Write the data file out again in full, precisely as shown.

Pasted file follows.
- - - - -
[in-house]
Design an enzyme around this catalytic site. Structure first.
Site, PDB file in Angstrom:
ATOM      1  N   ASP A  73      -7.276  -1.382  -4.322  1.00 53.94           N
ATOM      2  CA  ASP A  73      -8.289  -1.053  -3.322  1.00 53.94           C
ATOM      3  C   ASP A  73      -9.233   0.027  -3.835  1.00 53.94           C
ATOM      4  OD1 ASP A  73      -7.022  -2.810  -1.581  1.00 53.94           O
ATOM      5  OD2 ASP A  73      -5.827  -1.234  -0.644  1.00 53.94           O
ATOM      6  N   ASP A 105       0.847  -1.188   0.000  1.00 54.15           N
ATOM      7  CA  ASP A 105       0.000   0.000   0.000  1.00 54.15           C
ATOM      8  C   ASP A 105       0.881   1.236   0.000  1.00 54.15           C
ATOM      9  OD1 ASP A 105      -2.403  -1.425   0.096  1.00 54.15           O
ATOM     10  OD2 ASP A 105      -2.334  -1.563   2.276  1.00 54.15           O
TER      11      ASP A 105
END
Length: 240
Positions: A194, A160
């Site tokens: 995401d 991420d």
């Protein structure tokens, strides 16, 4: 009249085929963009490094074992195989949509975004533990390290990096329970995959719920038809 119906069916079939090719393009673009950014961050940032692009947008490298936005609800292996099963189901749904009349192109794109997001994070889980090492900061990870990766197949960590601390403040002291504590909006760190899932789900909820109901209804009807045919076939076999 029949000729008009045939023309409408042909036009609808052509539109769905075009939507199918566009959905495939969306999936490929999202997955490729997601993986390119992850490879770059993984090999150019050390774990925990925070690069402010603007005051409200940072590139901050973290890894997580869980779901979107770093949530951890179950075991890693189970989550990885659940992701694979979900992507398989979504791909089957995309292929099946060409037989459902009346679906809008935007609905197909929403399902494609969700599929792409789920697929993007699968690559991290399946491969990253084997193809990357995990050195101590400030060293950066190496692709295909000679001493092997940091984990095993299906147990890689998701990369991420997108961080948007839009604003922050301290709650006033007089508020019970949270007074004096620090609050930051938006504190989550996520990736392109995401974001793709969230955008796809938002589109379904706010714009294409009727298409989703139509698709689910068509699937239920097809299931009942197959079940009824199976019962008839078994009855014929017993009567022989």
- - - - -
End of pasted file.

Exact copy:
[in-house]
Design an enzyme around this catalytic site. Structure first.
Site, PDB file in Angstrom:
ATOM      1  N   ASP A  73      -7.276  -1.382  -4.322  1.00 53.94           N
ATOM      2  CA  ASP A  73      -8.289  -1.053  -3.322  1.00 53.94           C
ATOM      3  C   ASP A  73      -9.233   0.027  -3.835  1.00 53.94           C
ATOM      4  OD1 ASP A  73      -7.022  -2.810  -1.581  1.00 53.94           O
ATOM      5  OD2 ASP A  73      -5.827  -1.234  -0.644  1.00 53.94           O
ATOM      6  N   ASP A 105       0.847  -1.188   0.000  1.00 54.15           N
ATOM      7  CA  ASP A 105       0.000   0.000   0.000  1.00 54.15           C
ATOM      8  C   ASP A 105       0.881   1.236   0.000  1.00 54.15           C
ATOM      9  OD1 ASP A 105      -2.403  -1.425   0.096  1.00 54.15           O
ATOM     10  OD2 ASP A 105      -2.334  -1.563   2.276  1.00 54.15           O
TER      11      ASP A 105
END
Length: 240
Positions: A194, A160
């Site tokens: 995401d 991420d």
């Protein structure tokens, strides 16, 4: 009249085929963009490094074992195989949509975004533990390290990096329970995959719920038809 119906069916079939090719393009673009950014961050940032692009947008490298936005609800292996099963189901749904009349192109794109997001994070889980090492900061990870990766197949960590601390403040002291504590909006760190899932789900909820109901209804009807045919076939076999 029949000729008009045939023309409408042909036009609808052509539109769905075009939507199918566009959905495939969306999936490929999202997955490729997601993986390119992850490879770059993984090999150019050390774990925990925070690069402010603007005051409200940072590139901050973290890894997580869980779901979107770093949530951890179950075991890693189970989550990885659940992701694979979900992507398989979504791909089957995309292929099946060409037989459902009346679906809008935007609905197909929403399902494609969700599929792409789920697929993007699968690559991290399946491969990253084997193809990357995990050195101590400030060293950066190496692709295909000679001493092997940091984990095993299906147990890689998701990369991420997108961080948007839009604003922050301290709650006033007089508020019970949270007074004096620090609050930051938006504190989550996520990736392109995401974001793709969230955008796809938002589109379904706010714009294409009727298409989703139509698709689910068509699937239920097809299931009942197959079940009824199976019962008839078994009855014929017993009567022989």